|Photos||Video & Audio||Blogs||Statistics||Archive||Shop||Mobile|
Mohammad Isam in Chittagong
October 10, 2013
Abdur Razzak bowled 55 overs in his comeback Test innings, after which he was left having to defend Bangladesh's helplessness in the face of a tenth-wicket stand that forced them to do a lot more work than New Zealand's score of 342 for 9 had suggested was needed.
Trent Boult and BJ Watling added 127 runs, holding up the home side for nearly two-and-a-half hours, the latest example of a worrying trend. Since 2001, there have been 36 fifty-plus partnerships from the seventh wicket onward against Bangladesh, including seven century-run stands.
"Everyone thinks that such a last wicket partnership can be deflating," Razzak said. "But it doesn't really happen. Someone can play well, it is quite natural. During last year's West Indies series, Raju [Abul Hasan] got a century at No. 10. The wait for the opening batsmen is harder. They are tired after fielding more than 150 overs and as it is, batting second is always harder in a Test match."
Watling recorded his second century in Test cricket while Boult reached a maiden half-century and became the 15th No. 11 batsman to reach the landmark in Tests. Robiul Islam, who opened the bowling for Bangladesh, bowled only 13 overs in the innings. His new-ball partner Rubel Hossain didn't bowl a single yorker, focusing mainly on a shorter length after getting the wicket of Bruce Martin with a bouncer earlier in the day.
"You always just try to get blocks of ten runs at a time, try to weigh them down and then you just keep going," said Watling. "We played some good cricket and put them under pressure and I think we played with a lot of patience. It was great fun batting with Trent [Boult] out there. I thought he played extremely well. He waited for his ball and played some nice shots through the onside. We managed to put a good partnership together, which was pretty much needed because I think 400 is pretty much par on that wicket."
Watling handled Sohag Gazi well while Shakib Al Hasan, who bowled the most to the pair, was not at his best even against Boult, although he tried every line, angle and length.
Razzak bowled 16 wicketless overs at the pair, after which part-timer Mominul Haque finally dragged Watling out of the crease to end the innings. There were times when Tamim Iqbal and Anamul Haque looked visibly down as they saw a No. 11 score an unbeaten half-century and their troubles only grew when both got out cheaply in Bangladesh's first innings.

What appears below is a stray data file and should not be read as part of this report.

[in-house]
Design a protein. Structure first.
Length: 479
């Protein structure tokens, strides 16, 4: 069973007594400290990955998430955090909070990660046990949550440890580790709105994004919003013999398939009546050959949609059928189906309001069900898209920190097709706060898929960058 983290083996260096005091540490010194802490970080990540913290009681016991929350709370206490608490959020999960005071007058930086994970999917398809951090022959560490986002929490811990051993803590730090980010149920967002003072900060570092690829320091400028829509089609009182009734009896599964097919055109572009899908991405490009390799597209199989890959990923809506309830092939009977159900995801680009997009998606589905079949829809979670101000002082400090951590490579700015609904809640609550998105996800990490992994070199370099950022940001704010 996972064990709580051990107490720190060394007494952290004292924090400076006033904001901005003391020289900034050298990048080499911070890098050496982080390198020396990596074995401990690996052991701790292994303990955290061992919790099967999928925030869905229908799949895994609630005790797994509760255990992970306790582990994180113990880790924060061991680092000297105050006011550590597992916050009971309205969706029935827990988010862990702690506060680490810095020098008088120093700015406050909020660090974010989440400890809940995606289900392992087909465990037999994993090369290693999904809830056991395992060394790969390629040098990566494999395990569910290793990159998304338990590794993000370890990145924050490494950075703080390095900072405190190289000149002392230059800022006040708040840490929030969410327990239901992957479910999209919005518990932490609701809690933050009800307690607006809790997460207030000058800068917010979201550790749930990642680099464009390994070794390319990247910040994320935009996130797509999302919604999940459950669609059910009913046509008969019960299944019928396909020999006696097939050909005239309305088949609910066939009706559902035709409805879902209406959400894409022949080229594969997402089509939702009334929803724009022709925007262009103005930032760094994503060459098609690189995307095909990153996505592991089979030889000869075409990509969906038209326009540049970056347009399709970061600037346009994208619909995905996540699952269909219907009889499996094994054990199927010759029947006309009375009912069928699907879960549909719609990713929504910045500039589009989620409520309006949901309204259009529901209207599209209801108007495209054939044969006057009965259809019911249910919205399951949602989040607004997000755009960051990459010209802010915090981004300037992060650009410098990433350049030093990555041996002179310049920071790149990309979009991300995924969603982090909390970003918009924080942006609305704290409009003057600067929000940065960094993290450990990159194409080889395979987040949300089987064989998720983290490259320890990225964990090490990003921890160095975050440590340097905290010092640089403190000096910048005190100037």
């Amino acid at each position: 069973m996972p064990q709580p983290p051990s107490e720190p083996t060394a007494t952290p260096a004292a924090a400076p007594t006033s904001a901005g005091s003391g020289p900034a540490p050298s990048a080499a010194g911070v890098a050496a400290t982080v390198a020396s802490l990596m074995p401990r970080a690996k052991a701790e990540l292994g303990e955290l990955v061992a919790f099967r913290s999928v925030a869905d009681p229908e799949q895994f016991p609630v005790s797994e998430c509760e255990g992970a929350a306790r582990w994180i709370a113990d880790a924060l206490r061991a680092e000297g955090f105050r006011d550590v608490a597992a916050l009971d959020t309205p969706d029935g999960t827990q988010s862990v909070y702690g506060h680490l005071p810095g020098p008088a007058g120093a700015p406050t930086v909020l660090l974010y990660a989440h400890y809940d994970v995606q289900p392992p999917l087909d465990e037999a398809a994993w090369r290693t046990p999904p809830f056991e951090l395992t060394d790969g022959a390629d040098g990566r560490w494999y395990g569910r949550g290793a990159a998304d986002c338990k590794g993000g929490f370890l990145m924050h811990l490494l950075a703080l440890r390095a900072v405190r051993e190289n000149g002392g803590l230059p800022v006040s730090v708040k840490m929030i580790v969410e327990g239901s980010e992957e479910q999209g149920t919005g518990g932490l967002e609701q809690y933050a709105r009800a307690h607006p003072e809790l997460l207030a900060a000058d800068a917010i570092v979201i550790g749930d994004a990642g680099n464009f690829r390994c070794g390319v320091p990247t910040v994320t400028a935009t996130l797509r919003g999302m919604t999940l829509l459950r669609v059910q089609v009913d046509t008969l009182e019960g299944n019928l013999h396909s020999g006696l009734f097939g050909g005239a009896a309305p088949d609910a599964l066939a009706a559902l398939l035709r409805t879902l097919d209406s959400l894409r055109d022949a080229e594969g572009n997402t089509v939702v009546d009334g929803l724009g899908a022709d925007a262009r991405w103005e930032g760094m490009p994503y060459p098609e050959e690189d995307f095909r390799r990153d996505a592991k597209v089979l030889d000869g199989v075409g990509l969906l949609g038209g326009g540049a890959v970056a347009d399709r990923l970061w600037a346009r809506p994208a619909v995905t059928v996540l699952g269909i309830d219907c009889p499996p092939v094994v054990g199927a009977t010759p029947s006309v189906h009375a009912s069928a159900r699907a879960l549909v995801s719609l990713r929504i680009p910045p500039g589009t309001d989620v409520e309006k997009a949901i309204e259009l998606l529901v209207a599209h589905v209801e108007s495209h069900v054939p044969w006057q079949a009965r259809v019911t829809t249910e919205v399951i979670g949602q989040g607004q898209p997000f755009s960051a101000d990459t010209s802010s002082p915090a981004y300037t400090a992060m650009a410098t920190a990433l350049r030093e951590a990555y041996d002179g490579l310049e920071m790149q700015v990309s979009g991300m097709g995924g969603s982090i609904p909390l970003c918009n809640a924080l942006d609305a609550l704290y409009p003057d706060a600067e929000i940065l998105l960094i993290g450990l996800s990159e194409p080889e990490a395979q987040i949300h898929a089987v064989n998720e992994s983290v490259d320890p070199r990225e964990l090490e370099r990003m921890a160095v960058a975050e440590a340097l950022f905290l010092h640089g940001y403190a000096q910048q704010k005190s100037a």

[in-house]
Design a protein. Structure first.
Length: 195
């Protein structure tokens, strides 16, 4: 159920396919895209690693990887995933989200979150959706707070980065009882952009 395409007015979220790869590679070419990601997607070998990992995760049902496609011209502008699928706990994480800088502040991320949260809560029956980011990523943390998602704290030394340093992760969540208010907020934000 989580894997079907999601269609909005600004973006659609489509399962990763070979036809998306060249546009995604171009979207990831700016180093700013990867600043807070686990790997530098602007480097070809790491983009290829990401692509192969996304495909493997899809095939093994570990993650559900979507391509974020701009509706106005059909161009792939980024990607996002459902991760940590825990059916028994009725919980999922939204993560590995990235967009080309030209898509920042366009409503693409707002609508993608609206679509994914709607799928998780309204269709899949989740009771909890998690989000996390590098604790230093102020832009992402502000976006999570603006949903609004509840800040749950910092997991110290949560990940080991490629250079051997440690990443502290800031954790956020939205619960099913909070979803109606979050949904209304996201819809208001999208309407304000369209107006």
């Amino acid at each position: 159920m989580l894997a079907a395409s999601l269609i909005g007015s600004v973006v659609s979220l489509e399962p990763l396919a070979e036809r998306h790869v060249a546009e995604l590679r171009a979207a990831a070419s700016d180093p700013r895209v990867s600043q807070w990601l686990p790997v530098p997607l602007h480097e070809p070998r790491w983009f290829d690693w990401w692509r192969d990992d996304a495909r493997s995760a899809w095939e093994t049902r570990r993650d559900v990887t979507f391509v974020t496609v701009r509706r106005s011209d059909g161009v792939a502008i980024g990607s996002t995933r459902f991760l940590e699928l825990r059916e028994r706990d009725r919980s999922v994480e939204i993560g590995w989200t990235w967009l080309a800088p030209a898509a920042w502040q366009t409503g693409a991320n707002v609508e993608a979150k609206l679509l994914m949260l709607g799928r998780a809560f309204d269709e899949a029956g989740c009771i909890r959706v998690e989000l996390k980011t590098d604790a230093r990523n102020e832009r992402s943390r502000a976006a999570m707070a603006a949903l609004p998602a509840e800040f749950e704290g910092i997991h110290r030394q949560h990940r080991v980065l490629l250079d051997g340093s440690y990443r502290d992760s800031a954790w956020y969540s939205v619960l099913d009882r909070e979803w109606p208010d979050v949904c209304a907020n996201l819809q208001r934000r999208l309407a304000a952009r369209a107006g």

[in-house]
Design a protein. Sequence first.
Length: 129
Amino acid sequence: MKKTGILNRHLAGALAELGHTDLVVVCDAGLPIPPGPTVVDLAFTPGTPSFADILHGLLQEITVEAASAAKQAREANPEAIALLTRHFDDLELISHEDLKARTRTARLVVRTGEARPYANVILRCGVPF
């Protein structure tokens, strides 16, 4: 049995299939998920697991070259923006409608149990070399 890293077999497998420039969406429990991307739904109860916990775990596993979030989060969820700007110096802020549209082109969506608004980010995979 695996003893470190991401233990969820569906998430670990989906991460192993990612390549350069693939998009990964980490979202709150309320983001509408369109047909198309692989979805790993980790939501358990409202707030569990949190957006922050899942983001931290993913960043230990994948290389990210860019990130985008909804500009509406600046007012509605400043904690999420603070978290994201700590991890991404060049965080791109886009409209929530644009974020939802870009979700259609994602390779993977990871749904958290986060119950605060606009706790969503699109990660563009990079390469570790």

Razzak praised Boult for his patience, which he said is unlike the temperament of subcontinent tail-enders. Boult has, in fact, been involved in his third 50-plus partnership this year alone but this his personal best score in first-class and Test cricket.
"The last batsman [Trent Boult] didn't try to do anything. I think his first drive was after he had got to 27. Before that he had scored most of his runs through edges and nudges as he defended the ball," Razzak said. "The ball didn't turn as well, so it was quite easy to play the straight deliveries. Plus Watling was a set batsman, the sort that is hard to get out on this surface. We gave it our all but it took us a long time to get the wicket."
Mohammad Isam is ESPNcricinfo's Bangladesh correspondent. He tweets hereFeeds: Mohammad Isam
© ESPN Sports Media Ltd.
|Comments have now been closed for this article
A gutting loss to England, after leading the series 1-0, has thrown up some glaring inadequacies in the Indian team but there is little being said or done in terms of improvement
His rapid improvement with the ball has been integral to England coming from behind to lead the series - but that is just one area where Moeen Ali continues to impress
On the eve of Mahela Jayawardene's final Test, his team-mate, best friend and fellow batting superstar Kumar Sangakkara speaks about what made him, and them, tick
After 8-0, MS Dhoni could look forward to building a team from scratch; now, there is nothing left for him to contribute. Free him from the Test captaincy and he could yet give back in other ways
For all MS Dhoni's many trophies and accomplishments, Test cricket continues to resist his magic and indefinitely postpone his motorbike ride into the sunset
His decisions in the England series have seemed to confirm that he does not care too much for the Test game. Maybe he should be concentrating on the World Cup
With too great an emphasis on limited-overs cricket, MS Dhoni's side have a set of skills and a level of concentration that are not commensurate with the necessities of Tests